In this age we are living in, online streaming is crucial, especially for the alternative filmmaker (be they "indie", or experimental, or documentary, or essay, or cross-media, or whatever alien form they choose). Cinema or TV releases (who remembers the days when indie shorts in Australia used to support features in the cinemas and play on SBS?) are out of the question. And, increasingly, film festivals are out of the question, as, despite the increase in their number, they are being dominated by (high) budgeted films, and a sheer glut of films just generally. DVDs and Blu-Rays? As we know, they are now shifting to the margins, as TV set ups and computers can't take the discs any more.

The internet revolution has been happening 20 years now, but things take time, as they say. Especially for the indie sphere, as it is still beholden to the mainstream - it seeks to be accepted by the mainstream, or, psychologically, to "infiltrate" the mainstream (same thing as "accepted by", really). Of course, there are always two "alternatives" in life, the alternative that is self-sufficient, and the alternative that is part of the mainstream. I believe that many indie filmmakers struggle with this conundrum, they seriously have an "identity problem".

For me, life is about "bottom lines". I do not want to situate myself or any other filmmakers in an identity spectrum, or talk about demographics (niche audiences, blah blah). A film is a film is a film. Ron Brown at OzFlix says that he wants "every Australian film" on his platform, including indie films. That OzFlix should eventually be known as the Australian-content Netflix. It's an immense dream and I applaud him. If I may seem like an "anarchist" to some people, I have nothing against alternative Australian films being on OzFlix, and being accessible to users at a small cost. There are overheads to running a streaming platform, so it's not even about "profit", and I would rather have OzFlix in existence than not, if it has some good films on its roster.

But I am also very much for alternative films to be uploaded to YouTube or Vimeo for free, especially older titles. I have compiled the Online Indie Australian Cinema to simply make access of these titles easier, so the user can see a list of names of indie filmmakers all in the one spot, as one of the main issues for non-mainstream art is always a lack of lists, registers, resources. The 100 or so filmmakers represented (so far) are pretty much the obvious ones, so there are many more that can be added.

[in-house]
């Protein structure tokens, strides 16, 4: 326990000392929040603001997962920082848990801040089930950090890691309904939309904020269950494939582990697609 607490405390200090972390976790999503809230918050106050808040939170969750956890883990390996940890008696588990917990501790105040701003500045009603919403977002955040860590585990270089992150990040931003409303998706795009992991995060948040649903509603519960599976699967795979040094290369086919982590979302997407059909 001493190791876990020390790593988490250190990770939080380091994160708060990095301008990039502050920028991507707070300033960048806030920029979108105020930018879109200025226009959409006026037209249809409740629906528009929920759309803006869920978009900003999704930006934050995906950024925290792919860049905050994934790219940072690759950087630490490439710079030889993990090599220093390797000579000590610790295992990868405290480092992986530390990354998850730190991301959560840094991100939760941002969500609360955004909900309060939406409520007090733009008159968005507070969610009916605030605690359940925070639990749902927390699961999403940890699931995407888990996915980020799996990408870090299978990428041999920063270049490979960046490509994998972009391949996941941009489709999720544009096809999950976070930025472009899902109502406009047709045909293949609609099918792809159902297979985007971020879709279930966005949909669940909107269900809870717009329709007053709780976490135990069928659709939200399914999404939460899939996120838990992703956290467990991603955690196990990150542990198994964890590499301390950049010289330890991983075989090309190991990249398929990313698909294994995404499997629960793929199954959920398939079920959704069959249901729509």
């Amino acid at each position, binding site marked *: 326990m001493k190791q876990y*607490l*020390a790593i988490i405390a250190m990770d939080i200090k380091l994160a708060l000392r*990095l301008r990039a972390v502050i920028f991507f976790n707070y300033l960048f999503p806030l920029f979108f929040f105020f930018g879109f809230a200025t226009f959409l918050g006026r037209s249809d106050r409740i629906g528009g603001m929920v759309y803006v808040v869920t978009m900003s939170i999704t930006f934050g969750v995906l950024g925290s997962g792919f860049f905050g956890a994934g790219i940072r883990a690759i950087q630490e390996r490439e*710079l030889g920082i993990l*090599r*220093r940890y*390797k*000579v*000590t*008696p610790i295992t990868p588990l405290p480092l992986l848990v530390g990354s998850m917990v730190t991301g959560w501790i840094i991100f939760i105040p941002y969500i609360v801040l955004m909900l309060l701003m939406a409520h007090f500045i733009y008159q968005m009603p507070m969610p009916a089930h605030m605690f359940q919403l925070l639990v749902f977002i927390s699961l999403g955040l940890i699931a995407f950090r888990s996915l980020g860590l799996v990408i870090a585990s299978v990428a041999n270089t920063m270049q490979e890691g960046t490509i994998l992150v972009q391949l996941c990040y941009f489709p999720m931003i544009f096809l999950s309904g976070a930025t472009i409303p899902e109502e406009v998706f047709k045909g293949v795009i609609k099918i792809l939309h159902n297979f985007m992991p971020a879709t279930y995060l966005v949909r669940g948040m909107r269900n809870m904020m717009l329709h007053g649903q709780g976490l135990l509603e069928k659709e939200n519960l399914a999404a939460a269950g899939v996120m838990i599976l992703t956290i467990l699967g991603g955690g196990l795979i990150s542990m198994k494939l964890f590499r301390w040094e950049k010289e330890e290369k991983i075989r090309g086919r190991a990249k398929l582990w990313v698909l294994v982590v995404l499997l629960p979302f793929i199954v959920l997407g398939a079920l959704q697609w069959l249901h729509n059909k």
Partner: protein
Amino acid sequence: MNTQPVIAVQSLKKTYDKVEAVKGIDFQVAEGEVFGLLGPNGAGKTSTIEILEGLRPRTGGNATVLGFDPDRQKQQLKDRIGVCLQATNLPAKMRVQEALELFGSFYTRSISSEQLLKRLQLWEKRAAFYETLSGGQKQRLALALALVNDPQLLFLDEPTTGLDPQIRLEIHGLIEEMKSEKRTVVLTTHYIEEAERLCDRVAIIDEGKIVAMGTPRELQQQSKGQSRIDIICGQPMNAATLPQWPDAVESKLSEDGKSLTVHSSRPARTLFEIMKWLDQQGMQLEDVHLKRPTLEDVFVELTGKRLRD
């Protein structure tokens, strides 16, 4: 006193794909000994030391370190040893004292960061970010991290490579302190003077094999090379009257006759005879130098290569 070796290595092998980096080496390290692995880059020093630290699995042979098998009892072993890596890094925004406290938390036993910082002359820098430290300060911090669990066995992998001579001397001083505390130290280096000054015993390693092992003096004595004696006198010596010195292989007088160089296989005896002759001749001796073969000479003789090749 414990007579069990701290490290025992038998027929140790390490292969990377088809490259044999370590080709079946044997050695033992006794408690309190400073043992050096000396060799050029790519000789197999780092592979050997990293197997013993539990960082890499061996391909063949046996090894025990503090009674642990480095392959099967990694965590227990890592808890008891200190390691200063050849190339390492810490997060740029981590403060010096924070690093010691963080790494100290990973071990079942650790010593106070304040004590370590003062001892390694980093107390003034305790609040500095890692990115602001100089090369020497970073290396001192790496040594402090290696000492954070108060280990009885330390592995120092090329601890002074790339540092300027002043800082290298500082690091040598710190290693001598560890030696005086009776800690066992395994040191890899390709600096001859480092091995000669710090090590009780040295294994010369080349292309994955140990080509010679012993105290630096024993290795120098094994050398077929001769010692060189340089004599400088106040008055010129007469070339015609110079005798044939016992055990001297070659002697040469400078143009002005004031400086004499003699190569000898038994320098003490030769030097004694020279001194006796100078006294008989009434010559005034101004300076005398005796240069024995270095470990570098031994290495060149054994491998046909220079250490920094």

Whilst some filmmakers (like Ben Speth, Mark La Rosa, Michael Lee, Andrew Walsh, Leo Berkeley) are very generous with their work, placing almost all of it online for free, others are more reticent. Also, there are many filmmakers, obviously the pre-digital ones, who probably don't have digital files of their works anyway. Which is the first issue that is crucial, that of digitisation, or also restoration to HD levels. The second issue is the issue of distribution, or internat upload.

My main advice to filmmakers here: don't expect the Archive, or anyone else, to restore and preserve your work for you. DIY. Take the steps, make the expense, and digitise your work. You spent thousands and thousands to make the film, and you don't want to spend one more thousand to restore it and have it exist for future film lovers to watch? If you're that concerned, put it on OzFlix and make the thousand back!

The point is to have the film in existence. All films are worthy of being in existence. There is an audience for every film. Every little experimental or student film is a creation that its maker slaved over. There is something there, with every film.

Why can't I, or anyone else, at this very moment, see any film from the following people for free on YouTube or Vimeo? Anna Kannava, Ray Argall, Brian McKenzie, Paul Winkler, Arthur & Corinne Cantrill, James Clayden, John Cumming, John Hughes, Giorgio Mangiamele. At least one of their films, even a short one, should be free. And the list of Super 8 filmmakers from the '80s who don't have any of their work online is very sad: Nick Ostrovskis, Moira Joseph, Jo Hampton, Marcus Bergner, Matthew Rees, Irene Proebsting & Barry Brown, Gary O'Keefe, Sandra Munro, Ian Kerr, Perry Laird, Mark Freeman, Jim Bridges.

Time to get the films out of the cupboards, people!


Bill Mousoulis is a Greek-Australian independent filmmaker, film critic, and programmer.

Published January 5, 2019. © Bill Mousoulis 2019.